|Place of birth||Paddington, Sydney, New South Wales|
|Religion||Church of England|
|Address||Bankstown, New South Wales|
|Age at embarkation||21|
|Next of kin||Father, Joseph Hyams, Leonard Street, Bankstown, New South Wales|
|Previous military service||Nil|
|Place of enlistment||Casula, New South Wales|
|Rank on enlistment||Private|
|Unit name||31st Battalion, 3rd Reinforcement|
|AWM Embarkation Roll number||23/48/3|
|Embarkation details||Unit embarked from Melbourne, Victoria, on board HMAT A70 Ballarat on
|Rank from Nominal Roll||Private|
|Unit from Nominal Roll||31st Battalion|
|Fate||Killed in Action
|Age at death from cemetery records||19|
|Place of burial||No known grave|
|Commemoration details||V.C. Corner (Panel No 3), Australian Cemetery Memorial, Fromelles, France|
|Panel number, Roll of Honour,|
Australian War Memorial
|Miscellaneous information from|
|Parents: Joseph and Ellen HYAMS, Leonard Street, Bankstown, New South Wales. Native of Sydney|
War service: Egypt, Western Front
Embarked Melbourne, 18 February 1916; disembarked Suez, 23 March 1916.
Found guilty, 24 March 1916, of being absent without leave from 1500 hours to tattoo roll call, 23 April 1916: awarded 14 days confined to camp, deprived of 6 days' pay by Captain H. B. Favell and forfeits 1 day's pay.
Found guilty, 25 March 1916, of being absent from 2200 hours defaulter's parade: admonished by Captain Favell.
Taken on strength 31st Bn, Duntroon Plateau, 1 April 1916.
Admitted to No. 15 Field Ambulance, Ferry Post, 13 May 1916 (varicose veins); discharged to duty, 18 May 1916; rejoined 31st Bn, Ferry Post, 20 May 1916.
Embarked Alexandria to join the British Expeditionary Force, 16 June 1916; disembarked Marseilles, 23 June 1916.
Reported missing, 19 July 1916.
On 28 August 1916, 553 Pte H.J. Hudson provided the following statement: 'I knew Hyams; he was in No. 7 Section of B.VII and was lying alongside me when about 400 yards beyond the 1st line of German trenches, when he was hit by a shell in the back of and the groin, which killed a man in the 53rd. Bn. on his right and knocked me away to the left. We were then ordered to move along to the right and just as I left I saw Hyams head drop forwards, face downwards on the ground as though he were dead. This was about 7 p.m. on the 19th July at Fleurbaix. We retired [th]at night to the German trench from the right of his position. If alive he must be a prisoner. He was known as Hobbler Hyams and was the only man of that name in B. Co. VII and the only one I know of in B.Co. He was a Rft.'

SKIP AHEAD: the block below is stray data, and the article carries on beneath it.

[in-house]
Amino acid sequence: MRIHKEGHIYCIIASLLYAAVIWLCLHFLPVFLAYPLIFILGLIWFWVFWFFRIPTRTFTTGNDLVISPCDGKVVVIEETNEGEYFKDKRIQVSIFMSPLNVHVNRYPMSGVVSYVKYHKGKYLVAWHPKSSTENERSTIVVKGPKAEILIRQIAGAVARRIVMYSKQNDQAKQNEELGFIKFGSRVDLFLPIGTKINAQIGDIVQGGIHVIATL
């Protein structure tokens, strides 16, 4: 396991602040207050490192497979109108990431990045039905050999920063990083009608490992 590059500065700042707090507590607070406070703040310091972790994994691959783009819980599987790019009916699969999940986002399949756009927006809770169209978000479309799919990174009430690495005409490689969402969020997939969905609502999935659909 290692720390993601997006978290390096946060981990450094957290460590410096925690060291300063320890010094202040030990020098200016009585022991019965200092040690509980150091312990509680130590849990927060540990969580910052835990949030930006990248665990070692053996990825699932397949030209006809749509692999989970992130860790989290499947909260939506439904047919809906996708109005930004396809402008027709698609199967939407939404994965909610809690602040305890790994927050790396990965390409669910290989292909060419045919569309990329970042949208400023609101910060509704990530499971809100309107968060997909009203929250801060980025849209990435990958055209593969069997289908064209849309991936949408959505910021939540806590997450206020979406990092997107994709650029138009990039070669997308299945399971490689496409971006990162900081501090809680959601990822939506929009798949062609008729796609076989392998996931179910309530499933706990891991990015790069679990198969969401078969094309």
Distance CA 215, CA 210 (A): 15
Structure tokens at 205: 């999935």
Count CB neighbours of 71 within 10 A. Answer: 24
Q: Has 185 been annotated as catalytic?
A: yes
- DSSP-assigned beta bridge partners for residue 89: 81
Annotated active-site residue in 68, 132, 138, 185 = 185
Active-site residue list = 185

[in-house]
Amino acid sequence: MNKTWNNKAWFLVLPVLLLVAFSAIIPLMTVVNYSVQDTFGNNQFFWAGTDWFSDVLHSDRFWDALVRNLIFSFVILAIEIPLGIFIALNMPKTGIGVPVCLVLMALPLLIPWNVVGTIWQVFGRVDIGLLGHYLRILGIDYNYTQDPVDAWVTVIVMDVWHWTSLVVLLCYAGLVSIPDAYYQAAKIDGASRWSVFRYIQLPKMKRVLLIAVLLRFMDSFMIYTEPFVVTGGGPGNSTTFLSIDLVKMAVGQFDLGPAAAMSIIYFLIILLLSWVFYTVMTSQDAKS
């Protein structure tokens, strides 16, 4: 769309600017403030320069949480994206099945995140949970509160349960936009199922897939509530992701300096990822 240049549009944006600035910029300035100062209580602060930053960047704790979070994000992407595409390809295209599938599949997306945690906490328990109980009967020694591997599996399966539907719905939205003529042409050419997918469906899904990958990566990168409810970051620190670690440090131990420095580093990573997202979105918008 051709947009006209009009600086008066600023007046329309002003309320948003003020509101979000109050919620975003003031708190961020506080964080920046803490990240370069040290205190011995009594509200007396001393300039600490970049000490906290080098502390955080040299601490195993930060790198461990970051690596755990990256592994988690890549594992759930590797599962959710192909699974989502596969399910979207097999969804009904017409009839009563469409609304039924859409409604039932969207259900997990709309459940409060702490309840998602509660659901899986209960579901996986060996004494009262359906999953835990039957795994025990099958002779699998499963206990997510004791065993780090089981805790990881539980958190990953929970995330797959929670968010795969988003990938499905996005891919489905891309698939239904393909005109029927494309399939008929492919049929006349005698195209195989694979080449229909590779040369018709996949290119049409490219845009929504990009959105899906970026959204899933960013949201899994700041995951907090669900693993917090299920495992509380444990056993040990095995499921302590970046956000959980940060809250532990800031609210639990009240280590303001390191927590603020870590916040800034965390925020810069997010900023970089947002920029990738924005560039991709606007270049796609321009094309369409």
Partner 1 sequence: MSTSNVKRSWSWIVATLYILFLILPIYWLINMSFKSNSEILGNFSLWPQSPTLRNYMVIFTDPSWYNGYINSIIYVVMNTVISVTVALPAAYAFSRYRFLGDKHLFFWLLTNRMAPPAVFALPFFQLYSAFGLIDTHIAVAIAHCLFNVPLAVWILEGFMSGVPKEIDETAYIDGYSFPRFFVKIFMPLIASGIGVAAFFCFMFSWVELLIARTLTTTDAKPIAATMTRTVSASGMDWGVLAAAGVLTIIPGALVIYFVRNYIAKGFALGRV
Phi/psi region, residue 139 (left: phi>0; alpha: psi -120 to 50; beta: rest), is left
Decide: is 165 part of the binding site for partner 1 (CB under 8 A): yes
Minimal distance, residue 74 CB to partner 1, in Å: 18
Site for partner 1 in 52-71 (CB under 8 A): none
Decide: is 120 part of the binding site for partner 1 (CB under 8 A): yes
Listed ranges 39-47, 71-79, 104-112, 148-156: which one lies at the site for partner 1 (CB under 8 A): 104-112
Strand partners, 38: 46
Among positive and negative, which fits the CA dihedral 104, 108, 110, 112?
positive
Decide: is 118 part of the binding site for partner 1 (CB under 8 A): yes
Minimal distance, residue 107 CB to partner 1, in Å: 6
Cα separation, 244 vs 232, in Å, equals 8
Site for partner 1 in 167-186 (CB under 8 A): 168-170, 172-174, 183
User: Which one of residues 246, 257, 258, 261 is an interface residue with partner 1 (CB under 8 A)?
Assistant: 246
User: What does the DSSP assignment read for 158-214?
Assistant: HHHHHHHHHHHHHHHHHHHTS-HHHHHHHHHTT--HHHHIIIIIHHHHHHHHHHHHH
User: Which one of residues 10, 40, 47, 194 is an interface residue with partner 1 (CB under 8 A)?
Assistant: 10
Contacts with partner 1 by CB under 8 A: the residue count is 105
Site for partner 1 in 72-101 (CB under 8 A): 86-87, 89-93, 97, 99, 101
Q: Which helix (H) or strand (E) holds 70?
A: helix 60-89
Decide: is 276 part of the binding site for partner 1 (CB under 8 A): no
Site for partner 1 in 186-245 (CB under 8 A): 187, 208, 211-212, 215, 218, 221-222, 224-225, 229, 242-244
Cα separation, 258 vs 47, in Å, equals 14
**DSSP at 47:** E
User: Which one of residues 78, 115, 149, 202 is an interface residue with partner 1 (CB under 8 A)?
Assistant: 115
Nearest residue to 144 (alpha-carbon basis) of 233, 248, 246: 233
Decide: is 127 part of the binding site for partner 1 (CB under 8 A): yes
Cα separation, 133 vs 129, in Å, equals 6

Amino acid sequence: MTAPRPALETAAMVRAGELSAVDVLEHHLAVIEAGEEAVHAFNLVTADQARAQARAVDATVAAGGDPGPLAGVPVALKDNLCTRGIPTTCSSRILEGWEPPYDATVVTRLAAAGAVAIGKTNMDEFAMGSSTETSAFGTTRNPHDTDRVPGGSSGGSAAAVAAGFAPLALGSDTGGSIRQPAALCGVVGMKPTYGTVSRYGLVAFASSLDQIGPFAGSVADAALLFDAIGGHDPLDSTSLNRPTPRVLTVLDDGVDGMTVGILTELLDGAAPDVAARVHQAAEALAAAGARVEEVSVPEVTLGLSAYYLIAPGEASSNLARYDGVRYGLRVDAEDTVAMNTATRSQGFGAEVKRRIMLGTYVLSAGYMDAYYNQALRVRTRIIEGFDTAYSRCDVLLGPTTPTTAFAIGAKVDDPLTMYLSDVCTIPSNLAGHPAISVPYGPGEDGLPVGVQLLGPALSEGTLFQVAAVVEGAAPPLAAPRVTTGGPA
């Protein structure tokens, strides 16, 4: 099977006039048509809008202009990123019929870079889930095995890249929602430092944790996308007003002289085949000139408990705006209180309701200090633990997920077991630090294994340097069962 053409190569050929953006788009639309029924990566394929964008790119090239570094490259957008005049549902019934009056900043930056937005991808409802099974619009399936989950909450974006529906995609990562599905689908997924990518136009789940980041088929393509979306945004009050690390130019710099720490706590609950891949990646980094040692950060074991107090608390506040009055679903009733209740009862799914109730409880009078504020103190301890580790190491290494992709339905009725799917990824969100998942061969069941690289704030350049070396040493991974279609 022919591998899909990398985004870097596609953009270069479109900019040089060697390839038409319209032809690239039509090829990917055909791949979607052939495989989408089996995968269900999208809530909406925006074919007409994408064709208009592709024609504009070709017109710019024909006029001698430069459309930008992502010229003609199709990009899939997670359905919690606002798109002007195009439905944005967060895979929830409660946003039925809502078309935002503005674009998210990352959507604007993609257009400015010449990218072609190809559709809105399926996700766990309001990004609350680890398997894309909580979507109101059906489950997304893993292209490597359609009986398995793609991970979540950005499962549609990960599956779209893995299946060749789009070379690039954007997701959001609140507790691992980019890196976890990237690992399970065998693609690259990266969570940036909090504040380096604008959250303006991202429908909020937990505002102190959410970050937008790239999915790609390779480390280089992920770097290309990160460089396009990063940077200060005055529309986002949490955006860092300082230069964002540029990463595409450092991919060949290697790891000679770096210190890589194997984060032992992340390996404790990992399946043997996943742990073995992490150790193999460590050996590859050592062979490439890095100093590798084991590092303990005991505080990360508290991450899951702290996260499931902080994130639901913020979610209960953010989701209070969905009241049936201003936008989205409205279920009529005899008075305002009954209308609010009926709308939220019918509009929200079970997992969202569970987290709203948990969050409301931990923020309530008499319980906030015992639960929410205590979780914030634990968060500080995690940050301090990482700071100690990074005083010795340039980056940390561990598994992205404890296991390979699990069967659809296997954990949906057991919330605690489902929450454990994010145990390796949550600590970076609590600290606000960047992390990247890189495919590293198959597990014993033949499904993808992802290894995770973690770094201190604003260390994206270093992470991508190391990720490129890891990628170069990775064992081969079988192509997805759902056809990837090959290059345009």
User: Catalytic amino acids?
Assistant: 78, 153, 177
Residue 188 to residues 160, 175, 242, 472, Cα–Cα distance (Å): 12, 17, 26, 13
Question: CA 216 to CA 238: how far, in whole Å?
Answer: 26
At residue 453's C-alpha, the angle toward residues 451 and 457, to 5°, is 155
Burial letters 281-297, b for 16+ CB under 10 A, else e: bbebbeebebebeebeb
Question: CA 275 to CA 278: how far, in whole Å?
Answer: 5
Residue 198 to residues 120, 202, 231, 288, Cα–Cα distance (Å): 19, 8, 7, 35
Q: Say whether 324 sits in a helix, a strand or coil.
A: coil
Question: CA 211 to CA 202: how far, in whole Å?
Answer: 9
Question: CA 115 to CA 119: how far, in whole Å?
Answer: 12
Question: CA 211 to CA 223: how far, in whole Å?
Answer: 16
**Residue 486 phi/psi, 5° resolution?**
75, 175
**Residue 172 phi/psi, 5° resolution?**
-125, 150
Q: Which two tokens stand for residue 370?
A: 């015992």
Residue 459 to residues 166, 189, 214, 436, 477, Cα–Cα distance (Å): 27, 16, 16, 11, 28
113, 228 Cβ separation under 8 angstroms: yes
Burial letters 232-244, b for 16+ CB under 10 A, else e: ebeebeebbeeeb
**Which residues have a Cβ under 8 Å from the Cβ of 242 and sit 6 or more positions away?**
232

Mrs E Hyams, Pte Hyams' mother, asked in a letter to Base Records dated 28 November 1916: 'It is now over four months since he [Private Hyams] was amongst the missing and I can get no news of him[,] the Red Cross found out he was last seen 400 yards over the German trenches[,] also one of his mates saw him last 800 yards over the trenches but the boy who saw him was himself killed. Could he possibly be amongst the French soldiers in a French Hospital [?] I am very anxious to hear of him as I do not believe he has been killed. Hoping you can soon let me have news of him.' The Officer in Charge of Base Records replied, 4 December 1916, and noted: 'I have to state since the report his was missing 19/7/16 no further reports have come to hand concerning your son ... '.
German list received by Wounded and Missing Enquiry Bureau, Australian Branch, British Red Cross Society, 4 November 1916, it states 'identification marks found on the Prisoner of War, are inspected by the General War Bureau, and shown in the list as under:- DEAD.'
'Identity disc received from Germany. No particulars afforded except that soldier is deceased. To be reported KILLED IN ACTION, 19 July 1917' on the authority of the Assistant Adjutant General, ANZAC Section, 24 February 1917.
Handwritten note at the bottom of B.103 states, 'buried in the vicinity of Fleurbaix, Sh[eet] 36 NW'.
A translation of a German message dated 27 October 1919 stated, 'Iden: Disc handed over by Intell: Officer with 6th Army H. Q. 12/10/16. Australian Pte. S. Hyams, 2028, 31st Bn. fell in the neighbourhood of Fromelles.'
Note on Red Cross File No 1400702: 'The above name appeared on German death list dated 4-11/16'.
Note on file: 'Buried Fleurbaix Sh. 36 N.W. Cert. for Hders (sic) List for Lt. Spedding.'
Note on file: 'Disc received from Germany and forwarded to next of kin 20 [June?] 1917.'
Statement, 433 Pte H.J. HUDSON, 31st Bn, 28 August 1916: He 'was lying alongside me when about 400 yards beyond the 1st. line of German trenches, when he was hit by a shell in the back and the groin, which killed a man in the 53rd. Bn. on his right and knocked me away to the left. We were then ordered to move along to the right and just as I left I saw Hyams (sic) head drop forward, face downwards on the ground as though he were dead. This was about 7 p.m. on the 19th July at Fleurbaix. We retired that night to the German trench from the right of this position. If alive he must be a prisoner.'Medals: British War Medal, Victory Medal
|Sources||NAA: B2455, HYAMS Sydney
Red Cross file 1400702